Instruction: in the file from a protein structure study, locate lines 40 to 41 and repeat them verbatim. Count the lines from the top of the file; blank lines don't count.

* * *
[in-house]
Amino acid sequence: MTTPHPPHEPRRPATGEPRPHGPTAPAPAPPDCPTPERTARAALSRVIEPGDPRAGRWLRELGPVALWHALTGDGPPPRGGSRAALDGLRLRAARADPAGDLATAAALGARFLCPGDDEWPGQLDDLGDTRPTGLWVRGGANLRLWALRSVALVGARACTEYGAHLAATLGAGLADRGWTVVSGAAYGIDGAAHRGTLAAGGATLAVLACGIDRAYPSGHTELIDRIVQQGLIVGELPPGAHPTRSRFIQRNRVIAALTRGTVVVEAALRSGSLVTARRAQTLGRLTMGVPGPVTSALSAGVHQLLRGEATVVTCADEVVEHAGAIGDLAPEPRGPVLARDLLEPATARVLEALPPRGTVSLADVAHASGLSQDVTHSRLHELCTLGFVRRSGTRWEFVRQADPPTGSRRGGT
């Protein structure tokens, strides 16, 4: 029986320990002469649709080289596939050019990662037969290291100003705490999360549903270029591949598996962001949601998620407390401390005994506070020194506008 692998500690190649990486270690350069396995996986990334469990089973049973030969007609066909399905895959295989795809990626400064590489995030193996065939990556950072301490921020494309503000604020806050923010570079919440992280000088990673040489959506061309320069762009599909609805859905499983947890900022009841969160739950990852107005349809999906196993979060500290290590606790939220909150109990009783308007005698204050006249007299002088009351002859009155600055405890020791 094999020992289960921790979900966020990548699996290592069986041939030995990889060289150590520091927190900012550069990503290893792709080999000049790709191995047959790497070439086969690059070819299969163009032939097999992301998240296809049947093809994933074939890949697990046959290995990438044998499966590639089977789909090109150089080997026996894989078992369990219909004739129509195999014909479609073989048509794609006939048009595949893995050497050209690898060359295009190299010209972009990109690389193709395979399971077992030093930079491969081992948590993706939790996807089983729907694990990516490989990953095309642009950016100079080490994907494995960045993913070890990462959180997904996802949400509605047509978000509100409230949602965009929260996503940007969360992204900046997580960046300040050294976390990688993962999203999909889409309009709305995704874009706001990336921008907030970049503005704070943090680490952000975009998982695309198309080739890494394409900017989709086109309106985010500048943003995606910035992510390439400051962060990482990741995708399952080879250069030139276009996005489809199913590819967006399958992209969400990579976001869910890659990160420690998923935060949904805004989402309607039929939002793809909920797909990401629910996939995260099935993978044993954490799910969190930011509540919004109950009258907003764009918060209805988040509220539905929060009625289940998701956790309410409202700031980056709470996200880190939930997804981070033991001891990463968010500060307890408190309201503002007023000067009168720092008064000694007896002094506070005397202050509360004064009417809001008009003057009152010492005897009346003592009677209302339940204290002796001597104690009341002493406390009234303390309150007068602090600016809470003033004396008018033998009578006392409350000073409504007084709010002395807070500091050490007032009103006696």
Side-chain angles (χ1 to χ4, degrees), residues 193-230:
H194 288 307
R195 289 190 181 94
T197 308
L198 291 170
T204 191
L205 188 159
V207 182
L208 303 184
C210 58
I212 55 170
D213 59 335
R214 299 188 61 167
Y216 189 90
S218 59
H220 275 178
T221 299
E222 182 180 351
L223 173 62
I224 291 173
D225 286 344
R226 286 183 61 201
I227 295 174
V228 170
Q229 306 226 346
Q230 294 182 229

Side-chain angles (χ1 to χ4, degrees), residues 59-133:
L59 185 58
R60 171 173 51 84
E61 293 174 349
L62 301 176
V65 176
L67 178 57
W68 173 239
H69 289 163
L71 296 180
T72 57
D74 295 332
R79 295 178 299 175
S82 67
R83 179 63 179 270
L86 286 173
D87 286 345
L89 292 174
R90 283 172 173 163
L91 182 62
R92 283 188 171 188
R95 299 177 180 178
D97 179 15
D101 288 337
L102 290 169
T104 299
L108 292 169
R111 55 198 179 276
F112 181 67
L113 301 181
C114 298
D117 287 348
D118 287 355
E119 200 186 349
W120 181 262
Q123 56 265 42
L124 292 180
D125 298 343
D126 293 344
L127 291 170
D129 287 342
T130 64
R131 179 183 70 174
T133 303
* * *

T72 57
D74 295 332